Jeremy Ogul | Editor
After a two-month trial period last fall, the City Council agreed Jan. 13 to continue to offer free parking in the downtown village area through the rest of 2015.
The council voted last fall to suspend the enforcement of paid parking with the hope of providing some relief to small businesses in the area that are being disrupted by construction on streets, sidewalks and landscaping in the vicinity of La Mesa Boulevard. Construction began last summer and will continue through the end of this year.
Parking officers are still enforcing the two-hour and four-hour parking limits but are not checking to see if meters are expired. As a result, revenues from the parking meters dropped significantly from $20,400 in September to $2,200 in November, according to figures provided by city staff. (The $2,200 was deposited into parking meters by drivers who apparently did not know parking was free, despite stickers on the meters and signs in the street notifying visitors of the free parking.)
A city staff report acknowledged that it was difficult to say whether the free parking had actually attracted additional shoppers to the area, but the city has received positive responses from business owners.
“We’ve received a mix of comments, some positive, some negative, but it seems most of them are generally supportive of free parking,” said Bill Chopyk, the city’s community development director.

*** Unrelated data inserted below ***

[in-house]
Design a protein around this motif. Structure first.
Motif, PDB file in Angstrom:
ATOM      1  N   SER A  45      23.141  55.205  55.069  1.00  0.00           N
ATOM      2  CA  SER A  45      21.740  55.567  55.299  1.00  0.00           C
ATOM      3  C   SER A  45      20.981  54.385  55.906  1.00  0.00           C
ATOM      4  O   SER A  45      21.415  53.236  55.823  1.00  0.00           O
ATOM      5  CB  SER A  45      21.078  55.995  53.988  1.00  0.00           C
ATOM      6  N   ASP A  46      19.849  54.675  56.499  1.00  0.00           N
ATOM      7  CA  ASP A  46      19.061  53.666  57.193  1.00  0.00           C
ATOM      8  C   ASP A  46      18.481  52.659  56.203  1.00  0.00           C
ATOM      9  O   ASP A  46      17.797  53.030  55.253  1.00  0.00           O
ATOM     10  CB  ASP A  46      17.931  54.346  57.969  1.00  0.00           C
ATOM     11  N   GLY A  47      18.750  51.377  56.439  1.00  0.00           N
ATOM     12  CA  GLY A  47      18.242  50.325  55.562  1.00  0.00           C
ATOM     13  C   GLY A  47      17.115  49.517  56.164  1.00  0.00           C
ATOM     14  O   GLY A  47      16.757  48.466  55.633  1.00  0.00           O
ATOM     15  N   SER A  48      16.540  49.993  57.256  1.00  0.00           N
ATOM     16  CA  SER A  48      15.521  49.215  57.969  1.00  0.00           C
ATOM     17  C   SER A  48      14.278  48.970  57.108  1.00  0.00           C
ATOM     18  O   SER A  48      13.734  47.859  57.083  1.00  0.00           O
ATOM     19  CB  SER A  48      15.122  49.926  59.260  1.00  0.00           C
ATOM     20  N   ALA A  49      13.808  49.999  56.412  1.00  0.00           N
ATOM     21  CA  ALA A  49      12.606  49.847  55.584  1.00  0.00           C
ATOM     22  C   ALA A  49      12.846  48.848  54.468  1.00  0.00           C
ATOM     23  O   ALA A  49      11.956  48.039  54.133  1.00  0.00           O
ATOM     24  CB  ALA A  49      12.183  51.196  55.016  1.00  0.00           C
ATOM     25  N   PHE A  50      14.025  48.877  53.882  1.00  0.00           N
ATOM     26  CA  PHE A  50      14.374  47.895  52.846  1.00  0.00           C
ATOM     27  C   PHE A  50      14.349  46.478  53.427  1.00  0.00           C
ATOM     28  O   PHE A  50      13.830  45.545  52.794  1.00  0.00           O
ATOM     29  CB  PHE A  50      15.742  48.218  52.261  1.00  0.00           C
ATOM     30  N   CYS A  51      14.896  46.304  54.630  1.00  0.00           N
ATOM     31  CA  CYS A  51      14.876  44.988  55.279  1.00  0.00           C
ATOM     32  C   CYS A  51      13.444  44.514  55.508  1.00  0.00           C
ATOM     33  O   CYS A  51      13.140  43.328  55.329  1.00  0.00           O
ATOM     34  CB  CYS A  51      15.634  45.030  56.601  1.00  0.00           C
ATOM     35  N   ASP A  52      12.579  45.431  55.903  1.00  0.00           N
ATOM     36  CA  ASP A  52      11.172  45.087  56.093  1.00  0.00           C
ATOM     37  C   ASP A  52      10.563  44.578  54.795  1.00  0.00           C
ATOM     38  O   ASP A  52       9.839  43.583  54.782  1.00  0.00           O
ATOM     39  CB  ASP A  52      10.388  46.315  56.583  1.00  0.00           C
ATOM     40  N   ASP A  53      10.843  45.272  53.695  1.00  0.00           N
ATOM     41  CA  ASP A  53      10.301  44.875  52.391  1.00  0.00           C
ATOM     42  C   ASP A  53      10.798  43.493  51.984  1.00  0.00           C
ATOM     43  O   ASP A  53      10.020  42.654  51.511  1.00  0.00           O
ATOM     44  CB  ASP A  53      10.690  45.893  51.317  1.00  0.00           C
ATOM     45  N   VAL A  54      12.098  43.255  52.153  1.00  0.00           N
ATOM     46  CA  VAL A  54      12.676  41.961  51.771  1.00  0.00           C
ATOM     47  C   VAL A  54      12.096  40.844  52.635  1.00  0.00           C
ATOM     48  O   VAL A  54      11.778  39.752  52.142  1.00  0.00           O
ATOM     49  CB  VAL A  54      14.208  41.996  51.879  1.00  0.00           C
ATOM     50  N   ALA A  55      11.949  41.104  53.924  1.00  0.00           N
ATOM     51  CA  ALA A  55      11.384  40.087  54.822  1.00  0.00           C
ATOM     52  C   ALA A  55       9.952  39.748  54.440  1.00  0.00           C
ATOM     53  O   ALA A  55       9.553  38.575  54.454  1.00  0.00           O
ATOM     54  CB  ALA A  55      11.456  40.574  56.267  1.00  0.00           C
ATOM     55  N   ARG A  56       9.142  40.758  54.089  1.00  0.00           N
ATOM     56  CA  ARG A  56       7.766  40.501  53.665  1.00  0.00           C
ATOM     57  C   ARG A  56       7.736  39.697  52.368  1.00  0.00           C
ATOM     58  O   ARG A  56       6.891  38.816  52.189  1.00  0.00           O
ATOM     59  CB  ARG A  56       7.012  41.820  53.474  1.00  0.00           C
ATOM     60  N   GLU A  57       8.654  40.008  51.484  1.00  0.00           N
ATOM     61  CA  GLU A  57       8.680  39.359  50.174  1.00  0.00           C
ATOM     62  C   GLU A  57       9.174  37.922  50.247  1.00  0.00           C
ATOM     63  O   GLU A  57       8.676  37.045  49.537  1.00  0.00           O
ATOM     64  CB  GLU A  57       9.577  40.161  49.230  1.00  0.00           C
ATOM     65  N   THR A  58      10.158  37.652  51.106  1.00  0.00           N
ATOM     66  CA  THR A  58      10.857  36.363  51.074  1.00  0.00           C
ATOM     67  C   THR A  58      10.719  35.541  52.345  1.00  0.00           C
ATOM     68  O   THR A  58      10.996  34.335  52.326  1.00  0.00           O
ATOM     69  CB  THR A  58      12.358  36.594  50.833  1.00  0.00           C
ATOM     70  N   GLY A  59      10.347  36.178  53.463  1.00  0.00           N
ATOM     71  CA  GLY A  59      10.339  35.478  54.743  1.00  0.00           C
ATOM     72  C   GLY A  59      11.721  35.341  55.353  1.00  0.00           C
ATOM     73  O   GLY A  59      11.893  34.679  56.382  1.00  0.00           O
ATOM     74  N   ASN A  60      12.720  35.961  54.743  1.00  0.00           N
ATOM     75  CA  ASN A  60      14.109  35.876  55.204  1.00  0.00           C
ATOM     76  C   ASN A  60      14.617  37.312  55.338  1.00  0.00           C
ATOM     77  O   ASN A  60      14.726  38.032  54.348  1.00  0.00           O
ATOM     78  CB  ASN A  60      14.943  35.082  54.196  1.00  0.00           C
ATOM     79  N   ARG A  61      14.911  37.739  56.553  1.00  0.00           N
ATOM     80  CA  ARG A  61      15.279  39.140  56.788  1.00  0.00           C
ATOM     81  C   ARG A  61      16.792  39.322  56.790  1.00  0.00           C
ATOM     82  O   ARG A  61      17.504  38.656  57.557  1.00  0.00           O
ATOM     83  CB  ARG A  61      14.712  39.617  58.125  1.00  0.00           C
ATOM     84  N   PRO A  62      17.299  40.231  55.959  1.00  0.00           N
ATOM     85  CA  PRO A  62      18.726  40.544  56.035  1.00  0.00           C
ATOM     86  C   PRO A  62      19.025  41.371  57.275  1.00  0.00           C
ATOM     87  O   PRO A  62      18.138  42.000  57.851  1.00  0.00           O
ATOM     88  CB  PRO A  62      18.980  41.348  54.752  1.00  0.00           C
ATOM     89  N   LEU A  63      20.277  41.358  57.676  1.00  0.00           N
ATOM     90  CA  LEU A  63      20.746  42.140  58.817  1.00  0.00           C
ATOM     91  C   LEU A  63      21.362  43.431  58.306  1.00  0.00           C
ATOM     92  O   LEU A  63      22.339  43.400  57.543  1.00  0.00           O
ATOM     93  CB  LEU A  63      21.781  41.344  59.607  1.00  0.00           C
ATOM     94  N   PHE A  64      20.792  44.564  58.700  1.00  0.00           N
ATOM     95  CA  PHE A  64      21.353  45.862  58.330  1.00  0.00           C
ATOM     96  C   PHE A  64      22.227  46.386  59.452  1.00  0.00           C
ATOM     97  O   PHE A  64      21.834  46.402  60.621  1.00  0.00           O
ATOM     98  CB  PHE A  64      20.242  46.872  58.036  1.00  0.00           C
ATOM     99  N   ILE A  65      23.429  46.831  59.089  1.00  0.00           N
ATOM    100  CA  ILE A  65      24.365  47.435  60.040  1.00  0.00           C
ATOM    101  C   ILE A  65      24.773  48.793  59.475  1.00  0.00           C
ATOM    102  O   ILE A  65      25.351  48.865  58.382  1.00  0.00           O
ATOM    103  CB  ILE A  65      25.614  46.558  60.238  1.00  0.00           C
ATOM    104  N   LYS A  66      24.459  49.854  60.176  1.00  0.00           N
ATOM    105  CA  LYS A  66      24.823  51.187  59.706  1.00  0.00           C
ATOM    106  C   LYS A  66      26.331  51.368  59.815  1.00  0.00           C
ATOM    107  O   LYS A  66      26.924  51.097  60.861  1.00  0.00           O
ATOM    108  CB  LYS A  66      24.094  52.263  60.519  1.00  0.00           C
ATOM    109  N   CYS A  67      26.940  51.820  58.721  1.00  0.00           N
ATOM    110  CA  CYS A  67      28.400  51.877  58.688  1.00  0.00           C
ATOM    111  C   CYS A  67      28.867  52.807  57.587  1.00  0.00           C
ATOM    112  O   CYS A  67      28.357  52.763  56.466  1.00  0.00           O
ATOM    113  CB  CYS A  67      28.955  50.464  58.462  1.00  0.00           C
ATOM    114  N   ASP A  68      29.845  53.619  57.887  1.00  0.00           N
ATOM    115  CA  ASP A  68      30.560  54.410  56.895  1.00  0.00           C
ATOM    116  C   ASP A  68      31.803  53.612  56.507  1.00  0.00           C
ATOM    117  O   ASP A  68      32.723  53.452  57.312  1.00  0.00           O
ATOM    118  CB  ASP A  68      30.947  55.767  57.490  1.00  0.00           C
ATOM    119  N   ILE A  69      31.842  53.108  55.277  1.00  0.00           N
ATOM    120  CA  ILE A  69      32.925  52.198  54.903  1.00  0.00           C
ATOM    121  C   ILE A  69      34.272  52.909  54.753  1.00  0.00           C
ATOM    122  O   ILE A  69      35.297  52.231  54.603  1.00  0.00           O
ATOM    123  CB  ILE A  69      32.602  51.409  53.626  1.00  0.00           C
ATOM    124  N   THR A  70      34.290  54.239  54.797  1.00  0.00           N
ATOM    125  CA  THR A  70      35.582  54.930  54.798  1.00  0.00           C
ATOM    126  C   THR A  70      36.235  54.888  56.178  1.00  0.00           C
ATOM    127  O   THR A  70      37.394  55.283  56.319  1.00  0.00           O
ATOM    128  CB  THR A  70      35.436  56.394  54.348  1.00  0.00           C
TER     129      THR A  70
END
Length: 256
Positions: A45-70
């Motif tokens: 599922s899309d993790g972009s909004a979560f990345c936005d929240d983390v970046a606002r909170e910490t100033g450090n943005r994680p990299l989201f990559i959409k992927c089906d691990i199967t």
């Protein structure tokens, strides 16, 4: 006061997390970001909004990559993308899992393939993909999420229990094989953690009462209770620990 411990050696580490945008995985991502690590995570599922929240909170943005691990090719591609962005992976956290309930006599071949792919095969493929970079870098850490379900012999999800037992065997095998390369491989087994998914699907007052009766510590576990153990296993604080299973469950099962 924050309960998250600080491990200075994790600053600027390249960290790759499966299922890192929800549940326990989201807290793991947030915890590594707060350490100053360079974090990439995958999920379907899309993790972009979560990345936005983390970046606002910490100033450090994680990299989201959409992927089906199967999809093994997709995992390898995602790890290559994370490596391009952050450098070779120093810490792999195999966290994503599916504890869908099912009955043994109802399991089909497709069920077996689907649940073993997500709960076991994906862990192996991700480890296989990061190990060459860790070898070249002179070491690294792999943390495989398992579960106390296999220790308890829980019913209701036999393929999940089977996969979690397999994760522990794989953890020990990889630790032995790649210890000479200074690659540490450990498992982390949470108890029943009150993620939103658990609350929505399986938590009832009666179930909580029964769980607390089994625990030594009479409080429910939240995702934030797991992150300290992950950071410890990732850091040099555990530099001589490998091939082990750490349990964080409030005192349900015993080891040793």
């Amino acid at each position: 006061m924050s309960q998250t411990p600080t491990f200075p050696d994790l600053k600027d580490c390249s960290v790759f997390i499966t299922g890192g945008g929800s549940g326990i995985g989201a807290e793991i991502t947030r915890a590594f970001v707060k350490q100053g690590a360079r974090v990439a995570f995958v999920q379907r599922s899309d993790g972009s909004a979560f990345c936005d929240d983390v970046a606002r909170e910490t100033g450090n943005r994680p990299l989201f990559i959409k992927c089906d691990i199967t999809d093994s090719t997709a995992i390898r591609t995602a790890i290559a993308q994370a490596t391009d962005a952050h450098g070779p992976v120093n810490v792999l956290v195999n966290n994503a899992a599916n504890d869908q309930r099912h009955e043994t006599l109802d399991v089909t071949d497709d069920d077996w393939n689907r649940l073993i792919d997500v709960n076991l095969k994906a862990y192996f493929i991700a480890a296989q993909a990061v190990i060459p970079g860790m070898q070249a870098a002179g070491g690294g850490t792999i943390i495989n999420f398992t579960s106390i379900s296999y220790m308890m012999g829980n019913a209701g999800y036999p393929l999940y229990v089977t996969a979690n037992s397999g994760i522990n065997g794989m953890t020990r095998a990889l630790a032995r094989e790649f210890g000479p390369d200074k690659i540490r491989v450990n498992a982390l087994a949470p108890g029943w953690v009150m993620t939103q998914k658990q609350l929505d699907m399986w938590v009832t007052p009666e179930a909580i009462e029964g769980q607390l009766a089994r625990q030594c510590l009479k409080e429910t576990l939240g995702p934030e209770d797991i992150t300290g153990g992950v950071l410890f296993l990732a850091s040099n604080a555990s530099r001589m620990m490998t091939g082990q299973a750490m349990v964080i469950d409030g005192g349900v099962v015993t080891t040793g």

City Councilmember Kristine Alessio said she thought it was worth taking note of the words of one citizen, who told her, “No one would pay to park in that mess.”
Mayor Mark Arapostathis said it was up to the council to remind business owners and visitors to the village that this is a temporary outreach program, not a permanent policy change.
“Don’t get used to it,” he said.
Members of the city’s parking commission were not pleased with the council’s decision. At their meeting on Jan. 20, parking commission members said cutting off the parking meter revenue was not fiscally responsible.
“We’re just hemorrhaging. We’re just bleeding out money here,” said Jim Wieboldt, a member of the parking commission.
Commissioner Lynn McRea said she was concerned that members of the City Council did not have all the information they needed to make an informed judgment on the fiscal impact of offering free parking.
Projects on the parking commission’s to-do list include repaving parking lots in the village, which haven’t been re-sealed since 2010; adding lighting to the Allison Avenue and Lemon Avenue parking lots; and installing two public restrooms to accommodate user demand in the village.
“The maintenance is my largest concern,” said Commissioner Gina Franklin. “Without dipping into the one-year reserve, there’s a lot of parking lots that are going to go without any kind of maintenance.”
Chris Gonzales, the city program coordinator assigned to the parking district, said the city would budget for the cost of maintaining the lots. The real impact, he said, would be a much slower accumulation of money in reserves.
—Reach Jeremy Ogul by email at firstname.lastname@example.org.